John Hill speaks with ARYZE about his book Fintech and the Remaking of Financial Institutions, emphasizing the balance between the innovation of startups, the dominance of already existing financial institutions, and the already commonplace presence of fintech technologies
John Hill is a professor of Economics and Finance who is deeply involved in the fintech sector as a consultant, investor, author and educator. When he isn’t spending his spare time swimming with hundreds of schooling sharks in the northern Galapagos Islands, most of his time has been entrenched in working within the financial sector, both as a participant and an educator. He is an expert on the role of fintech within financial institutions and provides insight and analysis on some key questions regarding -coins and digital cash.
Financial institutions have transformed over the years, and as an educator Hill saw the need to update outdated economic education materials to have them include an analysis of the ever-growing role of fintech technologies within the financial sector. He felt it was crucial for students, both those who might work in the financial sector and those who would be consumers of financial products, to understand what fintech has to offer. So he decided to write a book about it himself. Hill describes one of the key takeaways of his book Fintech and the Remaking of Financial Institutions:
It strikes a balance between appreciating the entrepreneurial spirit and innovative value of emerging startups but also understanding some of the shortcomings: the challenges of achieving scale, meeting regulations concerning consumer and investor protections, and aggressive defensive responses by incumbent financial institutions.
Startups and financial institutions don’t have to be mutually exclusive, and can have a mutually beneficial relationship. As Mr. Hill points out, startups demonstrate entrepreneurship and innovation, while financial institutions, in general, represent a stable, trusted entity.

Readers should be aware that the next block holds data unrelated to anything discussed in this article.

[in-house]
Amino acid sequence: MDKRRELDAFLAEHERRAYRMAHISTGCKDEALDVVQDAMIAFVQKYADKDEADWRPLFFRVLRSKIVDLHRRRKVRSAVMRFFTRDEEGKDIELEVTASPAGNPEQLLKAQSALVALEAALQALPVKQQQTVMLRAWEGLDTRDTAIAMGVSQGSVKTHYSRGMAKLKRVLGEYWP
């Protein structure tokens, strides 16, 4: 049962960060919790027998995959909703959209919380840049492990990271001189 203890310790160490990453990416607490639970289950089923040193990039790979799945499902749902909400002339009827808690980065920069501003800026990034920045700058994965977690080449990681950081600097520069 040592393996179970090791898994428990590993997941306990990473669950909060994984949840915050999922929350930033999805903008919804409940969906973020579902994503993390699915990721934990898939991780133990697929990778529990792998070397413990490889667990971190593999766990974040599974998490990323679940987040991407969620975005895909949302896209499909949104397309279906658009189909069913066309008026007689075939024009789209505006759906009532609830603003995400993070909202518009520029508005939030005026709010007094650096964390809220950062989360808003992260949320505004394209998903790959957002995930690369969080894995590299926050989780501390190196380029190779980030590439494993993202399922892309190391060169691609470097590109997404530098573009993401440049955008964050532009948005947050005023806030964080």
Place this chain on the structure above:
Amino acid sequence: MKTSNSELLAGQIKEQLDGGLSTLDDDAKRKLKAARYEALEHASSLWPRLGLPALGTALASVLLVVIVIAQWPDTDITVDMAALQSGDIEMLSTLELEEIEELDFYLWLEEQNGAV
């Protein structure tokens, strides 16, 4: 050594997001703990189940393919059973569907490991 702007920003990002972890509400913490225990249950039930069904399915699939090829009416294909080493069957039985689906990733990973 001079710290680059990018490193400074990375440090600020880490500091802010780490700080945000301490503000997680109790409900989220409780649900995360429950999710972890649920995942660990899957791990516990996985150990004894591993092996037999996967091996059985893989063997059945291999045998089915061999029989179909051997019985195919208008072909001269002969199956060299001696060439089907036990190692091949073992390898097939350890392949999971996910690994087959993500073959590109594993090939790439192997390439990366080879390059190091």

Fintech is not a goal only for futurists, but it is also already heavily intact in current financial institutions. Hill notes that many financial institutions especially those in Western countries already implement financial technology:
As I progressed through a career in financial services, I saw first-hand the increasing importance of technology and innovation. Fintech applications have broken through some of the institutional rigidities of incumbent financial institutions and is accelerating access to financial services to the world’s underbanked populations.
Fintech’s Role in Financial Institutions and an Analysis of Digital Cash
Existing financial institutions have evolved and are progressively implementing financial technologies, as stated by Hill,
JP Morgan and Goldman Sachs now have more software engineers than sales/traders. Each have aggressive fintech programs, both internal and external investments and partnerships. If anything, fintech will have increasing share of budget and share of mind, even at the CEO level. However, there is no doubt that startups will continue to be hotbeds of innovation.
Mr. Hill outlines some of the drawbacks and benefits of -coins like bitcoin, stating that their anonymity has potential to lead to an increase in money laundering, issues with taxation, and illegal trade of drugs or weapons. ARYZE acknowledges this and adheres to strict observance of already in place AML (anti-money laundering) regulations and would work to anticipate and deter other risks that we currently aren’t aware of. Digital cash, when implemented in the right way, has potential to bypass the issues that present themselves through -coins. Hill poses further analysis on digital cash:
On the first issue, “money” in most Western countries is already almost exclusively electronic. Balances are held as electronic entries in banking or brokerage accounts. Transactions are done through the massively scaled debit/credit card systems. Digital cash could be a less expensive, more efficient evolution of these systems.
ARYZE is an ecosystem that bridges the gap between traditional finance and digital currency. It is trusted, inexpensive, and actively seeks to combat money laundering and other illegal activities, and every dollar is securely placed in a full reserve bank. ARYZE would not challenge the existing banking institution because it would always be dependent on it to some extent, so central banks would still have authority to both supervise and enforce rules.
To learn more about John Hill’s insights, check out his books Fintech and the Remaking of Financial Institutions and Environmental, Social, and Governance (ESG) Investing.
For more insights into the future of fintech and the possibilities of digital cash, please visit ARYZE’s blog.